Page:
By Emma Ockerman
May 18, 2023
The perception that people often succumb to misfortune and bad decision-making after suddenly receiving large amounts of cash isn’t based in fact, researchers said in a report published Thursday by the Roosevelt Institute, a progressive think tank.
That means potential reparations payouts to Black Americans are unlikely to result in reckless spending, financial ruin and reduced labor productivity, the report’s authors wrote after undertaking a review of prior research concerning consumer behavior after lottery windfalls and inheritances, as well as more minor cash transfers through tax refunds and guaranteed-income programs.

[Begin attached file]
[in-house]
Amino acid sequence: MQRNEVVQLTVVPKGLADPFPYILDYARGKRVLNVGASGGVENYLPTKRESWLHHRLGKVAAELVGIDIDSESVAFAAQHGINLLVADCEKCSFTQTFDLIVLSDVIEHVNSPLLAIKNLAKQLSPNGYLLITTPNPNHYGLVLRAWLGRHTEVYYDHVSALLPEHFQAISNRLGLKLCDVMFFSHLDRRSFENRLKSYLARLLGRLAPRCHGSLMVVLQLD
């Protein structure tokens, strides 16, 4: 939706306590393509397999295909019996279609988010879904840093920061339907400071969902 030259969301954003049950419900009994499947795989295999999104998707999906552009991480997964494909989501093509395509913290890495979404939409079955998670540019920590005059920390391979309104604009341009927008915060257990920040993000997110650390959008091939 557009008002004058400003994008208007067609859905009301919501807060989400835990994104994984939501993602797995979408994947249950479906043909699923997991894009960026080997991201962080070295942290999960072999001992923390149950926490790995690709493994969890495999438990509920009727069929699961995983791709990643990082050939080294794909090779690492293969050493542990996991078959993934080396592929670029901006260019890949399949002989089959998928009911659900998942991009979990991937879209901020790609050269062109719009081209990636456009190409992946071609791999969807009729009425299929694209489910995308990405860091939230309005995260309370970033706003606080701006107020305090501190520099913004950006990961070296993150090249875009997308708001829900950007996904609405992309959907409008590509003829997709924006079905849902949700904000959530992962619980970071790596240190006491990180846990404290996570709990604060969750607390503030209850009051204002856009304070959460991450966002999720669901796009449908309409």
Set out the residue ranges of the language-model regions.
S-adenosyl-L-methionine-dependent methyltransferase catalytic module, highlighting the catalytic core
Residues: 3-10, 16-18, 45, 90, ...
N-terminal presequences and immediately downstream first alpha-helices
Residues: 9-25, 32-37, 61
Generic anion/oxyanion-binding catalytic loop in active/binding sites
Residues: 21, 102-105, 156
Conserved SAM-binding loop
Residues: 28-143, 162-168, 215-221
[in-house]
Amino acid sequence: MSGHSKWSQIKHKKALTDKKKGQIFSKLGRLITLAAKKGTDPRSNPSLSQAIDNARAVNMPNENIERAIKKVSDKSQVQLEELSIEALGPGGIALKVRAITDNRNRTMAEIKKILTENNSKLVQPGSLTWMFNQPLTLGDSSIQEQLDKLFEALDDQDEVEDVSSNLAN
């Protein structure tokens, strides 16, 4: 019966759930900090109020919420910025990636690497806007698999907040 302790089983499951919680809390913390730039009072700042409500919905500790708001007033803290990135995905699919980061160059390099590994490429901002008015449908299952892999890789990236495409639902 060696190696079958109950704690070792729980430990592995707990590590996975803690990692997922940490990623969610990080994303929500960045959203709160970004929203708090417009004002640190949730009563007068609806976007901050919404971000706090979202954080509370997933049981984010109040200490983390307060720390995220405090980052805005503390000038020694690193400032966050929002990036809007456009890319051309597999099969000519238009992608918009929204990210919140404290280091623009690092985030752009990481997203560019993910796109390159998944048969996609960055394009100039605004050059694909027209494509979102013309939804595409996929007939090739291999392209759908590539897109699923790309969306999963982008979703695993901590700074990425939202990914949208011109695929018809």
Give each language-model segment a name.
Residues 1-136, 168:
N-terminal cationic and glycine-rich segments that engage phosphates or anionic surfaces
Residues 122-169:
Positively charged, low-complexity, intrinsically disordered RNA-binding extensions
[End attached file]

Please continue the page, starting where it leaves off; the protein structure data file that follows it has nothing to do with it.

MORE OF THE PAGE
“There’s what we really describe as kind of an urban myth … that people who receive lottery winnings squander the money very quickly,” reparations scholar William “Sandy” Darity, a Duke University professor of public policy and economist who co-authored the report, said in an interview. “The best available evidence indicates that that’s not the case.”